oh, and btw, the CT-1 SLR chassis that Cosina rebrands (and used as the starting point for the Bessa RF’s) is 30 years old, not 50.

        • MB

          Early attempts at making aspheric lenses to correct spherical aberration were made by René Descartes in the 1620s, and by Constantijn Huygens in the 1630s. The Visby lenses produced by Vikings on the island of Gotland in the 10th or 11th century are also aspheric, but there is no evidence that the science behind the technique was known, they were ‘simply’ produced by craftsmen working from experience of what worked.

          • Adam Maas

            Yep, but I did specify MOLDED aspherics. Which are relatively new to camera optics, at least at the mass-production level (molded aspherical elements didn’t become common in optical designs until the last decade)

  • dino

    Hi guys
    being Italian, I checked the site and your translation is correct, so the most interesting speculation they do is having shortly another wonderful lens as the 125 F/2.5 apo macro which in SL I version can’t be found anywhere.

  • dino

    P.S. Italian site reports it DOES have a chip (look down)

    “Attacco a baionetta: Nikon F-Mount (Ai-S, CHIP)”

    • ChrisL

      Of course it has a chip. Look at the photo, see the electronic contacts?

  • markdphotoguy

    That is one sexy lens. 9 blade diaphragm. 0.2m close focusing. Compact. Excellent build. Kick ASS DoF scale. This on FX would be a scale and hyperfocal focusing machine (who needs AF on a lens like this?). Hope it’s sharp.

  • I have been waiting for a small prime lens like this to compliment my voigtlander 40mm SL II.. AF would be nice but optical quality is my priority, and I guess based on past experience with voigtlander that this will stomp all over the Nikon 20/2.8..

    • rjm

      All the used manual focus lenses muddy the choice, assuming the CPU isn’t the make or break feature for you.

      As well as the 20/2.8 there’s the UD 20/3.5 and the well-regarded 20/4. All sell used for the same or less than Cosina’s asking price. (as yet unknown, but not too hard to estimate at ~$500.)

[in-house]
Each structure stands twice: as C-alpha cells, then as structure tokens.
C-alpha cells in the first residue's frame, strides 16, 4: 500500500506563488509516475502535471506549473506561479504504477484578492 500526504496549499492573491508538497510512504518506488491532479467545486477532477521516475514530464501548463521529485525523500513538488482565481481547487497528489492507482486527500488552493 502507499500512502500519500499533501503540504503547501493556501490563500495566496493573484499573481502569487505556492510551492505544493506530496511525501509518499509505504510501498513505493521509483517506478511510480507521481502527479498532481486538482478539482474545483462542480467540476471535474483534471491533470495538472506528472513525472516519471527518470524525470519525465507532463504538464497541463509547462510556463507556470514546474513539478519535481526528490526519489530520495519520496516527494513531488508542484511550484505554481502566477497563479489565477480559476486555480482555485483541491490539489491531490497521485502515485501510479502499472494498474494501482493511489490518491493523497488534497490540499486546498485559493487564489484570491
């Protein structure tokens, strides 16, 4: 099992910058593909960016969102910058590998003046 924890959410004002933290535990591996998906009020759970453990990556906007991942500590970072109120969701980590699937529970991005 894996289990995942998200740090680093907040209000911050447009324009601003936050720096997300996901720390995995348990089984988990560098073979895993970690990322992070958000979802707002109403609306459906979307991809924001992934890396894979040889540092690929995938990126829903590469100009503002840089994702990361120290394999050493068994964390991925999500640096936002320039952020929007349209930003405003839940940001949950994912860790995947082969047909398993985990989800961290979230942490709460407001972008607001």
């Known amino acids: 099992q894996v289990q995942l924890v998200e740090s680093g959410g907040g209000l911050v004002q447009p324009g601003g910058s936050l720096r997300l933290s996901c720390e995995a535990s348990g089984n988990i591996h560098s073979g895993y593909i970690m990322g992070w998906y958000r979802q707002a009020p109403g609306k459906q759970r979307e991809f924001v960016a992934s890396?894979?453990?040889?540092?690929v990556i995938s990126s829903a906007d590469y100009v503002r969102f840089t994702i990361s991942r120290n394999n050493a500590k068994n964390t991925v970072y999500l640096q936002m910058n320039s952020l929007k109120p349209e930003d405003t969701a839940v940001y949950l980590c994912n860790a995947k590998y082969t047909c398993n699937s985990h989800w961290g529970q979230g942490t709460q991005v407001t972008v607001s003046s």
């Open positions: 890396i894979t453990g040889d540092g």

A full frame, compact 20mm lens is a tough beast to get right, there’s going to be compromises even with modern miracles such as aspherical lenses etc. It will be a fine lens, but I doubt it will obsolete the Nikkors across the board.

      • D90 user so have to relly on 3rd party like voigtlander to give me supported MF lenses, as nikon doesn’t want to 😉

  • roentarre

    This is a fantastic rumour to have. I want to have this lens myself!!

    Is this a once off production?

    • hey good to see you here 😉

      well Nikon just lost my purchase of the 35/1.8 for now, this is far more interesting..

      • rjm

        ha ha! My thought exactly. Hardly the same price bracket though….

        • true, but if I buy this I really can’t afford the 35/1.8 at the moment too…

  • Definitely a keeper. If this one is as good as my CV Nokton 58mm f/1.4 SL II then I may forego the ZF 25mm I had my eye on.

  • raio

    For a review of some Voigtlaenders see:, third party lenses. The APO-Lanthars still are sold, about 600 and 900 Euro. The 40 mm Ultron and 1,4/58 Nokton are both sold for 349 Euro (Brenner, Germany, “”).
    In the same factory of Cosina where the Voigtlaenders are built, some of the Zeiss-lenses are assembled,too, as a dealer told me. And the Nikkor 2,8/45 is a Zeiss-construction, too ….

  • Well, there already is a Nikon version of this lens: The old f:4/20mm Ai, with the same weight and even filter size. Optically it is great (one of Galen Rowell’s favourites), even wide open. Unfortunately it is a bit hard to find, as it was only produced for a year or two. And who needs AF for wide 20mm landscapes? The photojournalists can take the 2.8/20 AF instead.

    • ChrisL

      Almost every lens had the 52mm filter size at that time.

      I have and like the Nikkor 20mm f/4, mine is currently having an AI kit fitted for use on D90. Lovely, compact, sharp, flare-resistant lens. Interested to see how the Skopar compares. Looks about the same size as the CV 40/2, which makes it even more compact.

  • The lens ans its data extremly similar to the superb but 30 year old 20 3.5 AIS nikkor. Well, superb from f8 on and the most flare resistant lens I know!

    • Adam Maas

      There’s one major difference, the Voigtlander is an Aspherical design. This should mean that it will have much better edge performance than the 20/3.5 Nikkor.

  • David

    20-30mm on a Nikon in 35mm 1.5 ratio

  • UF

    It’s my old Nikkor 20mm ƒ4! Now made by the allies!

  • ChrisL
    • ChrisL

      Rumour confirmed, official announcement

  • Back to top